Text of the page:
1.Reducing the time limit to challenge a decision from three months to just six weeks or a month and restricting the ability of claimants to challenge decisions in complex cases where decisions may have been made as the result of ongoing processes.

    2. The abolition of the right to an oral hearing if there’s been a previous judicial hearing.

    3. The introduction of a £215 fee for an oral hearing.

    The government’s stated aim is to cut the number of judicial review hearings, which have doubled to around 11,000 since 2005. Even the government’s own figures are show that the cause of this growth has been almost entirely due to challenges about decisions based on asylum and immigration. The agenda here is to make it easier for the government to ignore its own rules as they chase the ridiculous targets they’ve set themselves for reducing the number of foreigners entering the country. The damage that it does to other poor people who get caught in the crossfire is entirely inconsequential to them – as usual.

  4. m montgomery

    i hope all commenting on here are complaining to there local MP and signing online petitions otherwise what is the point of having an opinion when you can do something about it

  5. m montgomery

    i hope all commenting on here are complaining to there local MP and signing online petitions otherwise what is the point of having an opinion when you can do something about it

  6. florrie webster

    I wish the tories were stupid..they are far from it,they are trying to do away with a lot of the human rights act.A little while ago Ken Clarke wrote an article saying labour was unelectable,conservatives had a good chance of winning next election,there would be a minority living on the fringe of society who would become isolationist. When I read that,I thought then,if the conservatives could they would find a way( where people who were not part of acceptable society i.e well paid,well educated and healthy,) would not be entitled to vote.only conservatives could be in power,and labour would have to be very similiar if they wanted to ever be in power.Far fetched ? I think this government have fingers in lots of pies,please lets hope labour dont become the same.on a lighter note,we need more mps like mr skinner.

  7. Brian E Baxter

    I’m an American and I suspect that most Brits are somewhat upset with our
    near default and the government shut down but don’t really understand how it
    happened. I wrote a summary of the problem starting with how the Tea party was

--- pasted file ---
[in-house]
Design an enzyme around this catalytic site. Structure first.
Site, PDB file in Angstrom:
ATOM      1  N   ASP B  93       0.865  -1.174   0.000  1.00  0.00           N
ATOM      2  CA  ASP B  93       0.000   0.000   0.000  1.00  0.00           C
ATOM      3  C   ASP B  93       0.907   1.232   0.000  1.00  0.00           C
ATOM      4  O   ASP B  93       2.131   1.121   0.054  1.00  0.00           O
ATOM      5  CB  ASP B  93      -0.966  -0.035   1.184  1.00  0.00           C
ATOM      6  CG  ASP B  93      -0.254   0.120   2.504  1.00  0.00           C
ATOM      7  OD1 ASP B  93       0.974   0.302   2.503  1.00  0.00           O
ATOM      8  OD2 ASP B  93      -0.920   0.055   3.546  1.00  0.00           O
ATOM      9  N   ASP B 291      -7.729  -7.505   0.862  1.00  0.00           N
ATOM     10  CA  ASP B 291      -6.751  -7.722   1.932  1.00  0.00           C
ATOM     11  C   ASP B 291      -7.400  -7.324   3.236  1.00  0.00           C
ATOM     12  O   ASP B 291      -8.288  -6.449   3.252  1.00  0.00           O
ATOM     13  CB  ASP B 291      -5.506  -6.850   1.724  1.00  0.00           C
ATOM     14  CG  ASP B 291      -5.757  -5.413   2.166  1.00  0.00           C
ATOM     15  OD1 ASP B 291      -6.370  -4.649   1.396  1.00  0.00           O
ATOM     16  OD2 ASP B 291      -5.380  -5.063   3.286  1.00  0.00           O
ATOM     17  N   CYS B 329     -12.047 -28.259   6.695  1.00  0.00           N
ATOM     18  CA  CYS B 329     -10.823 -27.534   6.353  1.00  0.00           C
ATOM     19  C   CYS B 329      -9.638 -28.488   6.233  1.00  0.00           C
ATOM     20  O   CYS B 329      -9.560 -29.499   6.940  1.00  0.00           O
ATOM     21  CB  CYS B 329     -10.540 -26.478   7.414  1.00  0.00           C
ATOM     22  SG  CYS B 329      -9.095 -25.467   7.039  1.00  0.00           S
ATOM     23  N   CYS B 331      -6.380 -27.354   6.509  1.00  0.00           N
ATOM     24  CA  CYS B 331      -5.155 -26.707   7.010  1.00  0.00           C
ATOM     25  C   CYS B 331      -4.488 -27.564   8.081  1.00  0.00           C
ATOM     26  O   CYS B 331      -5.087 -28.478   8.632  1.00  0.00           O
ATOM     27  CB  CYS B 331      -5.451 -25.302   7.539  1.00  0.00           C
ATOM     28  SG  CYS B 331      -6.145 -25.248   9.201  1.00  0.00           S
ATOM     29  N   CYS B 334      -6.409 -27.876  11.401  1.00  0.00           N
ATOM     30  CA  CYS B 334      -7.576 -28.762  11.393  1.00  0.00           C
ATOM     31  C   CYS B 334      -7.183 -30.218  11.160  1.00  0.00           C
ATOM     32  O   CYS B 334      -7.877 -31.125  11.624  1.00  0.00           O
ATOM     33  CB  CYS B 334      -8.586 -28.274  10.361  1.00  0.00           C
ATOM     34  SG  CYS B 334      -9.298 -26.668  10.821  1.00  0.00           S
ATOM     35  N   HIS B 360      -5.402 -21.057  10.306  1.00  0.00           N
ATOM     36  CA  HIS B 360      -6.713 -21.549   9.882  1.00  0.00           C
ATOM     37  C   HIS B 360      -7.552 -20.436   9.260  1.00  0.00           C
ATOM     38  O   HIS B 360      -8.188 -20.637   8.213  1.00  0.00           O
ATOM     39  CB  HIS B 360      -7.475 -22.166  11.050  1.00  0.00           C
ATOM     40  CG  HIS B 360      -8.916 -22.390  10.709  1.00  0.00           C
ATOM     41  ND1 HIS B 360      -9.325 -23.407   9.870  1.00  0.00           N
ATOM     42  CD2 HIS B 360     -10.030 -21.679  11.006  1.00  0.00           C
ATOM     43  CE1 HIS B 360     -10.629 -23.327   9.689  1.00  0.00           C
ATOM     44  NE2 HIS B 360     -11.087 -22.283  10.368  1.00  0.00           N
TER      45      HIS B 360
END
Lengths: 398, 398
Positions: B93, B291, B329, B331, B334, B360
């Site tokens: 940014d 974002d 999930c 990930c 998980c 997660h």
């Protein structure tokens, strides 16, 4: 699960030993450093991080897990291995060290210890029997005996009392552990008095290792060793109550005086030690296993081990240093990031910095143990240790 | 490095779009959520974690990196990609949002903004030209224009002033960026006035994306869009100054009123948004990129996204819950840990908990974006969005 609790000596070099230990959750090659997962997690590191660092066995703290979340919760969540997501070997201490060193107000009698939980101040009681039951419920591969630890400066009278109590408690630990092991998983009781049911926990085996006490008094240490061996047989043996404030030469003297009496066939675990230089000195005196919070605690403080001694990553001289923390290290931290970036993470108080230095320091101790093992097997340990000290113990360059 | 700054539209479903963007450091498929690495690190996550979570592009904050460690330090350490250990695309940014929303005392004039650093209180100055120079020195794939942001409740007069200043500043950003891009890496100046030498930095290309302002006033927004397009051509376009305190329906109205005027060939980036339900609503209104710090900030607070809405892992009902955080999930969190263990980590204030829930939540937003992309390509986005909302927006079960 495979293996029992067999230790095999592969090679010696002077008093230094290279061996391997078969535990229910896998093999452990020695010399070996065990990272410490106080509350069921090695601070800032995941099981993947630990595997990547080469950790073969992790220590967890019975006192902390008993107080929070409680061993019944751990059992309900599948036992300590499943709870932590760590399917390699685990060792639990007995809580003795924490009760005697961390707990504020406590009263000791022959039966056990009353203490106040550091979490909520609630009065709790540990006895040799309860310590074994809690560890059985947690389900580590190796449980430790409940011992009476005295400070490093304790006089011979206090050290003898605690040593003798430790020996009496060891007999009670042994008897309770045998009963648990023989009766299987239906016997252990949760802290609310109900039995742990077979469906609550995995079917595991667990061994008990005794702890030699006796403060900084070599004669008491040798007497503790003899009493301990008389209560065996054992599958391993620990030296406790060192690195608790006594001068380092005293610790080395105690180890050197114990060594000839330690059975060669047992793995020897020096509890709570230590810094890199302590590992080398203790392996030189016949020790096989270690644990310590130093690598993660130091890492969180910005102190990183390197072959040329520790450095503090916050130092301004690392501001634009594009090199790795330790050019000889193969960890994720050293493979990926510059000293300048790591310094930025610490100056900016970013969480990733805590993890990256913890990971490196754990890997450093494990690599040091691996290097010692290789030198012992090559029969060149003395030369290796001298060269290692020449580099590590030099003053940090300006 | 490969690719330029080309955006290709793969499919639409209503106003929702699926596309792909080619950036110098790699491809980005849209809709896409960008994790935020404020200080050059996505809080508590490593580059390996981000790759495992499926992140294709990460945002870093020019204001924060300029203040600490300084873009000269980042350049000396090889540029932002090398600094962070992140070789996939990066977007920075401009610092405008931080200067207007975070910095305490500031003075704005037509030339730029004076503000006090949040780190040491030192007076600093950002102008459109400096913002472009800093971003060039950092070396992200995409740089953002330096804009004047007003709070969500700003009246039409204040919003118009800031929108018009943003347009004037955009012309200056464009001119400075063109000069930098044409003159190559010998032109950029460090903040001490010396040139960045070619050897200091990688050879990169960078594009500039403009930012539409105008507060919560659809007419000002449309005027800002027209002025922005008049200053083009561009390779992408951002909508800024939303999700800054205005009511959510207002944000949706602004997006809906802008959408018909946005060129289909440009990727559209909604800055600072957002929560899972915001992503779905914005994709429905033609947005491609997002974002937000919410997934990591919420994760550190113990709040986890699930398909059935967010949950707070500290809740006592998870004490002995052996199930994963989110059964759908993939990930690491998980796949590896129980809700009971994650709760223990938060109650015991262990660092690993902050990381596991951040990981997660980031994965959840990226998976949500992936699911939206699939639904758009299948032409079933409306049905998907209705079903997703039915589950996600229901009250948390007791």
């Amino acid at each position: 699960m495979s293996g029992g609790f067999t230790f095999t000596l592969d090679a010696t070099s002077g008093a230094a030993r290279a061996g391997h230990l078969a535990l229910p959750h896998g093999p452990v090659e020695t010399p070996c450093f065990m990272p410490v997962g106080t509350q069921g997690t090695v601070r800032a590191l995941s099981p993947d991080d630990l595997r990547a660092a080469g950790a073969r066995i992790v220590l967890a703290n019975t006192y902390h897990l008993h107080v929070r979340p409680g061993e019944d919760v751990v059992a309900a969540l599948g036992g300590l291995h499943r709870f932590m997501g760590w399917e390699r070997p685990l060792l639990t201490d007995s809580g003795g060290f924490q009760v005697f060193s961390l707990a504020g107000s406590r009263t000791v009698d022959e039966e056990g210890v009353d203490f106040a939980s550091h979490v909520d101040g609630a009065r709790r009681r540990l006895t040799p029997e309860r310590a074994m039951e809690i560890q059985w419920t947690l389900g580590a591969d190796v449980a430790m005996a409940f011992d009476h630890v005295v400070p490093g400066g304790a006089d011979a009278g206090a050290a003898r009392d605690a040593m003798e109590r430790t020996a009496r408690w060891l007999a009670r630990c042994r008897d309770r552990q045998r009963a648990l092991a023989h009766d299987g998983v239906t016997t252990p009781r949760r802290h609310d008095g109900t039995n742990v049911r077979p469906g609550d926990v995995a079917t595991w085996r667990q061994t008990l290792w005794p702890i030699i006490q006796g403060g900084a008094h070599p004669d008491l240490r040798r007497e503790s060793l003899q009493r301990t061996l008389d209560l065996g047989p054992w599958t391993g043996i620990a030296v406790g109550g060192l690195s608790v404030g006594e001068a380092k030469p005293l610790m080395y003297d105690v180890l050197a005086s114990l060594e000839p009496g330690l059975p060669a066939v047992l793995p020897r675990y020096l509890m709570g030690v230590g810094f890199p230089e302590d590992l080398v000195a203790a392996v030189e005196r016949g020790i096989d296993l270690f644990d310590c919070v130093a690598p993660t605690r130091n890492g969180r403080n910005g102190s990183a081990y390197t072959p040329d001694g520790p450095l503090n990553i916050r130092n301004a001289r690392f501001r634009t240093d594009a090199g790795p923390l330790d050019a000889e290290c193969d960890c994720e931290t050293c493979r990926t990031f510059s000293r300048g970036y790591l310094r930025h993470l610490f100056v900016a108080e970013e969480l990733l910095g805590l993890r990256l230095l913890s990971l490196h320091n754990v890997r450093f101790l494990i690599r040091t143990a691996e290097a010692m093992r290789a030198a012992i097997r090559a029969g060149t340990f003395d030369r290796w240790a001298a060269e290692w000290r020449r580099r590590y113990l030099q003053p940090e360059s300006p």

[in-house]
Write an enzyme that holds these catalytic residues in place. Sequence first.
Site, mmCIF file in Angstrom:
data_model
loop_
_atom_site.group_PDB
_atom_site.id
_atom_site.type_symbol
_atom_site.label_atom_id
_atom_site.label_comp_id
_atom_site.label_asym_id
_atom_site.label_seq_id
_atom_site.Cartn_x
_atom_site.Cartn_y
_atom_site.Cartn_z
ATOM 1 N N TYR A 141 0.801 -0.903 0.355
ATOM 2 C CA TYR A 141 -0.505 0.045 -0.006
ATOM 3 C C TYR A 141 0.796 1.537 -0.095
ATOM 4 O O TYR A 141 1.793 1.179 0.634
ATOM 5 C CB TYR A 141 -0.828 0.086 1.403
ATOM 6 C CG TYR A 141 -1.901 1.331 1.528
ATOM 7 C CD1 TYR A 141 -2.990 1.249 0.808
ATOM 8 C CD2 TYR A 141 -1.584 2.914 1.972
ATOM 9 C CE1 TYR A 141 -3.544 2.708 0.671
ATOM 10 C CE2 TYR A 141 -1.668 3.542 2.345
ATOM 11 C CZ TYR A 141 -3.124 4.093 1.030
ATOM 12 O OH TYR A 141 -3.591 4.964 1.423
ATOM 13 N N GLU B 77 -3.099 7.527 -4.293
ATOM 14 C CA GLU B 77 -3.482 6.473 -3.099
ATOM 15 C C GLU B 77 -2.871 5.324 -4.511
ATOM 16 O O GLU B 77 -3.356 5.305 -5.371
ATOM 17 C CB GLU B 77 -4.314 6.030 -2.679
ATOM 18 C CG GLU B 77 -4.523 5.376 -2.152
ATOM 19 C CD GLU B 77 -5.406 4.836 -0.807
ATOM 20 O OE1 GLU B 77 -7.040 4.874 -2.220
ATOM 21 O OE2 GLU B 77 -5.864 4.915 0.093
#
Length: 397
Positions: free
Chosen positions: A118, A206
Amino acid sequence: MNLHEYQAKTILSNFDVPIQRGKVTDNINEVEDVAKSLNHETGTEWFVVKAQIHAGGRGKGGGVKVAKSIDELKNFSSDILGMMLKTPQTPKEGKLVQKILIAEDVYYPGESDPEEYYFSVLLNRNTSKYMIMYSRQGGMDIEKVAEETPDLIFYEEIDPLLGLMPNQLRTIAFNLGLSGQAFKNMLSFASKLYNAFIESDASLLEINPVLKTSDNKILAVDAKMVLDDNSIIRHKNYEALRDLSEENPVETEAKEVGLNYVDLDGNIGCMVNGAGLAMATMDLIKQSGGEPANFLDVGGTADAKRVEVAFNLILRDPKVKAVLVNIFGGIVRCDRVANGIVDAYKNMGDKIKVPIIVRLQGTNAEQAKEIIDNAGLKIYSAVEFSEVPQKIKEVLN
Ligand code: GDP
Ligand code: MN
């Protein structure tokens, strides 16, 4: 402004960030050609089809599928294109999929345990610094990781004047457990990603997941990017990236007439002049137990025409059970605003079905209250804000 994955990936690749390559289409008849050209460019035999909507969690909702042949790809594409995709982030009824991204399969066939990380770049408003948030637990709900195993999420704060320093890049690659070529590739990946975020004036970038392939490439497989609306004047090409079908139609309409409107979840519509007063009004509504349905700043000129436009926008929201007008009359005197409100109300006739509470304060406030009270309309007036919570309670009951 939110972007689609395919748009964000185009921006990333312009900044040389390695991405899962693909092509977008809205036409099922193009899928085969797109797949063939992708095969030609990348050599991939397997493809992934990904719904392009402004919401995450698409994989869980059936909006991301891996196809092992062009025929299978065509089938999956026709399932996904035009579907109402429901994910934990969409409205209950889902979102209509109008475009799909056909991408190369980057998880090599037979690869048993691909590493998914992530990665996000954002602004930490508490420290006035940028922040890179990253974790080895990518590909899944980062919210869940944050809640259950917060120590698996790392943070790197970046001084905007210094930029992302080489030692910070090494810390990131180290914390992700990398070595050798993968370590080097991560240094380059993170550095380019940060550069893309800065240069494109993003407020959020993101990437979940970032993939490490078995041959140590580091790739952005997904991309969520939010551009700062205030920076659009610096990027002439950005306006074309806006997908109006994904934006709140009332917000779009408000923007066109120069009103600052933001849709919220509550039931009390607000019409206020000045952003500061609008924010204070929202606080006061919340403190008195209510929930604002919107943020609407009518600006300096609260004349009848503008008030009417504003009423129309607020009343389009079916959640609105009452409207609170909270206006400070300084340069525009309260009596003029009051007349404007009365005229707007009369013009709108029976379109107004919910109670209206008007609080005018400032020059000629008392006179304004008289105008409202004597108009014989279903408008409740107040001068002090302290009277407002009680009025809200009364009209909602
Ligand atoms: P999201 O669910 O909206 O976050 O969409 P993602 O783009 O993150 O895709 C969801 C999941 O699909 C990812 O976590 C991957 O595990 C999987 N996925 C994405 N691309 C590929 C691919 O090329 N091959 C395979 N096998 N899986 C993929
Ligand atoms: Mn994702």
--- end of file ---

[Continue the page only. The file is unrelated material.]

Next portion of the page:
born in the white hot crucible of the over the top right wing lies about the
    Affordable Care Act. See it at http://brianebaxter.com/

  8. Scott McMahon

    …and of course the Tories want to repeal the Human Rights Act, let’s not forget… I think we’re seeing a pretty obvious pattern here….

  9. Jennie Hallett

    perhaps they need to start with the real problem rather than yet again skirting around it and picking on easier targets

  10. blarg1987

    Not necessarily, part of the problem is high costs of lawyers, a simple redress would be to have a legislative framework where all solicitors must take a proportion of their clients from say less well off backrounds which is paid for by top end clients, enabling all people to access high calibre solicitors.

  11. blarg1987

    Not necessarily, part of the problem is high costs of lawyers, a simple redress would be to have a legislative framework where all solicitors must take a proportion of their clients from say less well off backrounds which is paid for by top end clients, enabling all people to access high calibre solicitors.

  12. blarg1987

    Not necessarily, part of the problem is high costs of lawyers, a simple redress would be to have a legislative framework where all solicitors must take a proportion of their clients from say less well off backrounds which is paid for by top end clients, enabling all people to access high calibre solicitors.

  13. blarg1987

    Not necessarily, part of the problem is high costs of lawyers, a simple redress would be to have a legislative framework where all solicitors must take a proportion of their clients from say less well off backrounds which is paid for by top end clients, enabling all people to access high calibre solicitors.

  14. blarg1987

    Not necessarily, part of the problem is high costs of lawyers, a simple redress would be to have a legislative framework where all solicitors must take a proportion of their clients from say less well off backrounds which is paid for by top end clients, enabling all people to access high calibre solicitors.

  15. blarg1987

    Not necessarily, part of the problem is high costs of lawyers, a simple redress would be to have a legislative framework where all solicitors must take a proportion of their clients from say less well off backrounds which is paid for by top end clients, enabling all people to access high calibre solicitors.

  16. blarg1987

    Not necessarily, part of the problem is high costs of lawyers, a simple redress would be to have a legislative framework where all solicitors must take a proportion of their clients from say less well off backrounds which is paid for by top end clients, enabling all people to access high calibre solicitors.

  17. Alison Piearcey